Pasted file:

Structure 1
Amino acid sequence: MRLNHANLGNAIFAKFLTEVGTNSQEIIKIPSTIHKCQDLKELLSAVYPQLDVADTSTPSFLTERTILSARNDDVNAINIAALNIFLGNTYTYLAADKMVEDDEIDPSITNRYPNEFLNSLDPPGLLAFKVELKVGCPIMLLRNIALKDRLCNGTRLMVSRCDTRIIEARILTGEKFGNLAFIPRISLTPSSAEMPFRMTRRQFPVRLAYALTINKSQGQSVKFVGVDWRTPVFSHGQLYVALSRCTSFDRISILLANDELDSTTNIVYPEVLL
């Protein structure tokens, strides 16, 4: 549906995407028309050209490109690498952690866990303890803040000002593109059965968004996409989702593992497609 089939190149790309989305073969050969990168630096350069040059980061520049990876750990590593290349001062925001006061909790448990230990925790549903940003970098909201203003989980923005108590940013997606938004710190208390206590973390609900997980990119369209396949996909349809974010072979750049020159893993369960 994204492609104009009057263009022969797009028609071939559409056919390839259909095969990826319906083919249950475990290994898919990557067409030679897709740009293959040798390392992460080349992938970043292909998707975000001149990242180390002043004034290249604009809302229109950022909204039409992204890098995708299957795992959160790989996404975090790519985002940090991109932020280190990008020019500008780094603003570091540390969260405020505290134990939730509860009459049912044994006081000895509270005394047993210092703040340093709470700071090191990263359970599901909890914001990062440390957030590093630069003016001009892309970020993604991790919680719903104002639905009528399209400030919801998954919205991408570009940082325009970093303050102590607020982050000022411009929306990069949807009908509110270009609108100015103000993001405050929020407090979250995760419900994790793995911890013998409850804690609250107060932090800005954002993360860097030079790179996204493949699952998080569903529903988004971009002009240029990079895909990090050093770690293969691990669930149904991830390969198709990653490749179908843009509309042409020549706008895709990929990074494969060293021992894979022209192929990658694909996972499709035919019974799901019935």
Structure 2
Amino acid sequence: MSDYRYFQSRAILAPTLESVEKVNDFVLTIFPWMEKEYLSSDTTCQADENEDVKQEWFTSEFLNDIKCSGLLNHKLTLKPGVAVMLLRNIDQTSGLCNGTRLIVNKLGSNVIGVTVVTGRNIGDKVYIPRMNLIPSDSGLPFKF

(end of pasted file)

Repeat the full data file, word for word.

Structure 1
Amino acid sequence: MRLNHANLGNAIFAKFLTEVGTNSQEIIKIPSTIHKCQDLKELLSAVYPQLDVADTSTPSFLTERTILSARNDDVNAINIAALNIFLGNTYTYLAADKMVEDDEIDPSITNRYPNEFLNSLDPPGLLAFKVELKVGCPIMLLRNIALKDRLCNGTRLMVSRCDTRIIEARILTGEKFGNLAFIPRISLTPSSAEMPFRMTRRQFPVRLAYALTINKSQGQSVKFVGVDWRTPVFSHGQLYVALSRCTSFDRISILLANDELDSTTNIVYPEVLL
């Protein structure tokens, strides 16, 4: 549906995407028309050209490109690498952690866990303890803040000002593109059965968004996409989702593992497609 089939190149790309989305073969050969990168630096350069040059980061520049990876750990590593290349001062925001006061909790448990230990925790549903940003970098909201203003989980923005108590940013997606938004710190208390206590973390609900997980990119369209396949996909349809974010072979750049020159893993369960 994204492609104009009057263009022969797009028609071939559409056919390839259909095969990826319906083919249950475990290994898919990557067409030679897709740009293959040798390392992460080349992938970043292909998707975000001149990242180390002043004034290249604009809302229109950022909204039409992204890098995708299957795992959160790989996404975090790519985002940090991109932020280190990008020019500008780094603003570091540390969260405020505290134990939730509860009459049912044994006081000895509270005394047993210092703040340093709470700071090191990263359970599901909890914001990062440390957030590093630069003016001009892309970020993604991790919680719903104002639905009528399209400030919801998954919205991408570009940082325009970093303050102590607020982050000022411009929306990069949807009908509110270009609108100015103000993001405050929020407090979250995760419900994790793995911890013998409850804690609250107060932090800005954002993360860097030079790179996204493949699952998080569903529903988004971009002009240029990079895909990090050093770690293969691990669930149904991830390969198709990653490749179908843009509309042409020549706008895709990929990074494969060293021992894979022209192929990658694909996972499709035919019974799901019935």
Structure 2
Amino acid sequence: MSDYRYFQSRAILAPTLESVEKVNDFVLTIFPWMEKEYLSSDTTCQADENEDVKQEWFTSEFLNDIKCSGLLNHKLTLKPGVAVMLLRNIDQTSGLCNGTRLIVNKLGSNVIGVTVVTGRNIGDKVYIPRMNLIPSDSGLPFKF